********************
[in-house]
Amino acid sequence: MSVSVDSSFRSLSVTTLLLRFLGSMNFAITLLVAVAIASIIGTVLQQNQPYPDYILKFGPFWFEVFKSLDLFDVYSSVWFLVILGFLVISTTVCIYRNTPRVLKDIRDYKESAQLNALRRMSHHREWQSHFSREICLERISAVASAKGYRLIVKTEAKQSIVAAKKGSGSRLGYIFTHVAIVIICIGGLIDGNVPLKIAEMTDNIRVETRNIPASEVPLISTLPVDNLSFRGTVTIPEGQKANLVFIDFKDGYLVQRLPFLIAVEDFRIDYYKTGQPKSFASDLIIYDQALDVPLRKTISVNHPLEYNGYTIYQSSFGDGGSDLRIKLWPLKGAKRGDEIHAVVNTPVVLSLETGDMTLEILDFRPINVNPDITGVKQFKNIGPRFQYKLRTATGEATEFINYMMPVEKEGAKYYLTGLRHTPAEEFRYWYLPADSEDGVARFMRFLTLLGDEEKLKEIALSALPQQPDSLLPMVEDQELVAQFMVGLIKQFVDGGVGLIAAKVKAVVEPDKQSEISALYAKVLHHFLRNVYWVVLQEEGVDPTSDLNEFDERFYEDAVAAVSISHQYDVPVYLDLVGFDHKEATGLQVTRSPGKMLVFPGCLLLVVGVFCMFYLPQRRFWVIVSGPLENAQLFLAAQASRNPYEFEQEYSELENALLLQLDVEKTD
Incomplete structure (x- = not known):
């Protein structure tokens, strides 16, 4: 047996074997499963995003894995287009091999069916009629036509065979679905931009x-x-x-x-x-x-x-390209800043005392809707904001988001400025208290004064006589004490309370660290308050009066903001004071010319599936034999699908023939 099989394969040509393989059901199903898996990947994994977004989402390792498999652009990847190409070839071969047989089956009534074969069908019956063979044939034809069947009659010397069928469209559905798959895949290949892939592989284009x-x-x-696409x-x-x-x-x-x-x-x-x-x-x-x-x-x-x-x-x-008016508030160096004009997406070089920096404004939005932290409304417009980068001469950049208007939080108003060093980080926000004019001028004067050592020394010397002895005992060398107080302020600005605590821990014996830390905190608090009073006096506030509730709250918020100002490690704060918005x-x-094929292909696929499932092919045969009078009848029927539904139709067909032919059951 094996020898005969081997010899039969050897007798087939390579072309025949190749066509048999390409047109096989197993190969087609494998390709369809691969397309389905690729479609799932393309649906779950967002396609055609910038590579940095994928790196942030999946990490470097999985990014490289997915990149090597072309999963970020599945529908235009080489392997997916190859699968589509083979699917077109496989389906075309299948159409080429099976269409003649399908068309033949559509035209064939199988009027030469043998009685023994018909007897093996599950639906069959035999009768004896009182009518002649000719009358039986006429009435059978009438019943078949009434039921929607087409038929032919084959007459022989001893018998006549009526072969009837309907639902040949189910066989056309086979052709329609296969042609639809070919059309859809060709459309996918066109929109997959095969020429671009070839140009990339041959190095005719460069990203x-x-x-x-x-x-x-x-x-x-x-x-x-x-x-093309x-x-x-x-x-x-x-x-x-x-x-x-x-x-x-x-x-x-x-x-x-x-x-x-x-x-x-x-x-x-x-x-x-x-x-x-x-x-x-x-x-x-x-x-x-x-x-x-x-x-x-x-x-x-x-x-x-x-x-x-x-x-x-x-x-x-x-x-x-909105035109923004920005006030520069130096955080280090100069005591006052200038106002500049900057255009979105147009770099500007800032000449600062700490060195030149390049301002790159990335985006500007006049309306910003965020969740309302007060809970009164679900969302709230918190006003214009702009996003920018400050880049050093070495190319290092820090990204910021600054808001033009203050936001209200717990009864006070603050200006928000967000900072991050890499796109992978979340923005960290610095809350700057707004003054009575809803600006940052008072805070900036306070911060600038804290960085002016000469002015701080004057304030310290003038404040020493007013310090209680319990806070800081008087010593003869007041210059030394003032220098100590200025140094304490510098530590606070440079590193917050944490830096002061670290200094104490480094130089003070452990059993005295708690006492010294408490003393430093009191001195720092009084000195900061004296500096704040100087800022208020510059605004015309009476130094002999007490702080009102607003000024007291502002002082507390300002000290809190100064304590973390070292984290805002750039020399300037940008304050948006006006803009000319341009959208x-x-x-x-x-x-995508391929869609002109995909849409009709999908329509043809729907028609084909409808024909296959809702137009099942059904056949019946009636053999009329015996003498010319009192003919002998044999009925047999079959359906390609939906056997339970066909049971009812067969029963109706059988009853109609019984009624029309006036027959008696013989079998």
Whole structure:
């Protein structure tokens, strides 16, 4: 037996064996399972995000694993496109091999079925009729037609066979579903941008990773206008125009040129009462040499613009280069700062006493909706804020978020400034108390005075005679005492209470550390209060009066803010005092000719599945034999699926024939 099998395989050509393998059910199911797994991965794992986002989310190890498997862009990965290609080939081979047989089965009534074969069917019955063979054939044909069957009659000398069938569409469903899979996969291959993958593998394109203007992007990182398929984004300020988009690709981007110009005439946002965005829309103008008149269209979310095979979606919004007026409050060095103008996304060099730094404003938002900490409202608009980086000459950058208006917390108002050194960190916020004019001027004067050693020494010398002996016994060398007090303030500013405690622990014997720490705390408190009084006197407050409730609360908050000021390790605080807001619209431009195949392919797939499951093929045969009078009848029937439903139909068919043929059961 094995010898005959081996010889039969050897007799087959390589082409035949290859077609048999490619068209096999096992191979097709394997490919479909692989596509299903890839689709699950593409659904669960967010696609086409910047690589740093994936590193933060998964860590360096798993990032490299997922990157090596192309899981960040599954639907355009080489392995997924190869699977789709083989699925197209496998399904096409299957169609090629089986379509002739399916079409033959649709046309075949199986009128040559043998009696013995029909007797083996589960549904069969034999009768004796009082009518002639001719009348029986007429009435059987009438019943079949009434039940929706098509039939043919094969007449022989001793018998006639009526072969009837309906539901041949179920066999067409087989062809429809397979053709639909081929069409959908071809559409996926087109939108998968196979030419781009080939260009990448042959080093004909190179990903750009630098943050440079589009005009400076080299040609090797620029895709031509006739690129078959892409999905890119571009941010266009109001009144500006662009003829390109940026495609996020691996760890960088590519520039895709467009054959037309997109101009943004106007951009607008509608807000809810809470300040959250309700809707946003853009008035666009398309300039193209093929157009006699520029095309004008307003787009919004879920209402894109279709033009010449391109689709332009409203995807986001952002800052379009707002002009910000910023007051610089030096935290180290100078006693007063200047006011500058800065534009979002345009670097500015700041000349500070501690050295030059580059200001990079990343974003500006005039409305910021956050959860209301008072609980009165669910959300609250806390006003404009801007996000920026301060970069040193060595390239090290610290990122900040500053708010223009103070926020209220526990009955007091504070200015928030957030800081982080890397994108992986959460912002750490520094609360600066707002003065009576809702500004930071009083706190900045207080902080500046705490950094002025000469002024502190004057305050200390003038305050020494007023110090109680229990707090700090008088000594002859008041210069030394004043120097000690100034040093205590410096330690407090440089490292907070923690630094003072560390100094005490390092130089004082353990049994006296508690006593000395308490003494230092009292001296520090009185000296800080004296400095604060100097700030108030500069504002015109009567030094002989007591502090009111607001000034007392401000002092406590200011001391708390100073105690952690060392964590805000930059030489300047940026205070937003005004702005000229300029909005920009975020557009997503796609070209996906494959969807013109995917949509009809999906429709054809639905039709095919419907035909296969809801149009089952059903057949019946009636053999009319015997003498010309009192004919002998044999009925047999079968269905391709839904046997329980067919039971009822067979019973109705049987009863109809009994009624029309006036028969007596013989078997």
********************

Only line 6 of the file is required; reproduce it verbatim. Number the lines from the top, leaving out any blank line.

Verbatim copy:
């Protein structure tokens, strides 16, 4: 037996064996399972995000694993496109091999079925009729037609066979579903941008990773206008125009040129009462040499613009280069700062006493909706804020978020400034108390005075005679005492209470550390209060009066803010005092000719599945034999699926024939 099998395989050509393998059910199911797994991965794992986002989310190890498997862009990965290609080939081979047989089965009534074969069917019955063979054939044909069957009659000398069938569409469903899979996969291959993958593998394109203007992007990182398929984004300020988009690709981007110009005439946002965005829309103008008149269209979310095979979606919004007026409050060095103008996304060099730094404003938002900490409202608009980086000459950058208006917390108002050194960190916020004019001027004067050693020494010398002996016994060398007090303030500013405690622990014997720490705390408190009084006197407050409730609360908050000021390790605080807001619209431009195949392919797939499951093929045969009078009848029937439903139909068919043929059961 094995010898005959081996010889039969050897007799087959390589082409035949290859077609048999490619068209096999096992191979097709394997490919479909692989596509299903890839689709699950593409659904669960967010696609086409910047690589740093994936590193933060998964860590360096798993990032490299997922990157090596192309899981960040599954639907355009080489392995997924190869699977789709083989699925197209496998399904096409299957169609090629089986379509002739399916079409033959649709046309075949199986009128040559043998009696013995029909007797083996589960549904069969034999009768004796009082009518002639001719009348029986007429009435059987009438019943079949009434039940929706098509039939043919094969007449022989001793018998006639009526072969009837309906539901041949179920066999067409087989062809429809397979053709639909081929069409959908071809559409996926087109939108998968196979030419781009080939260009990448042959080093004909190179990903750009630098943050440079589009005009400076080299040609090797620029895709031509006739690129078959892409999905890119571009941010266009109001009144500006662009003829390109940026495609996020691996760890960088590519520039895709467009054959037309997109101009943004106007951009607008509608807000809810809470300040959250309700809707946003853009008035666009398309300039193209093929157009006699520029095309004008307003787009919004879920209402894109279709033009010449391109689709332009409203995807986001952002800052379009707002002009910000910023007051610089030096935290180290100078006693007063200047006011500058800065534009979002345009670097500015700041000349500070501690050295030059580059200001990079990343974003500006005039409305910021956050959860209301008072609980009165669910959300609250806390006003404009801007996000920026301060970069040193060595390239090290610290990122900040500053708010223009103070926020209220526990009955007091504070200015928030957030800081982080890397994108992986959460912002750490520094609360600066707002003065009576809702500004930071009083706190900045207080902080500046705490950094002025000469002024502190004057305050200390003038305050020494007023110090109680229990707090700090008088000594002859008041210069030394004043120097000690100034040093205590410096330690407090440089490292907070923690630094003072560390100094005490390092130089004082353990049994006296508690006593000395308490003494230092009292001296520090009185000296800080004296400095604060100097700030108030500069504002015109009567030094002989007591502090009111607001000034007392401000002092406590200011001391708390100073105690952690060392964590805000930059030489300047940026205070937003005004702005000229300029909005920009975020557009997503796609070209996906494959969807013109995917949509009809999906429709054809639905039709095919419907035909296969809801149009089952059903057949019946009636053999009319015997003498010309009192004919002998044999009925047999079968269905391709839904046997329980067919039971009822067979019973109705049987009863109809009994009624029309006036028969007596013989078997």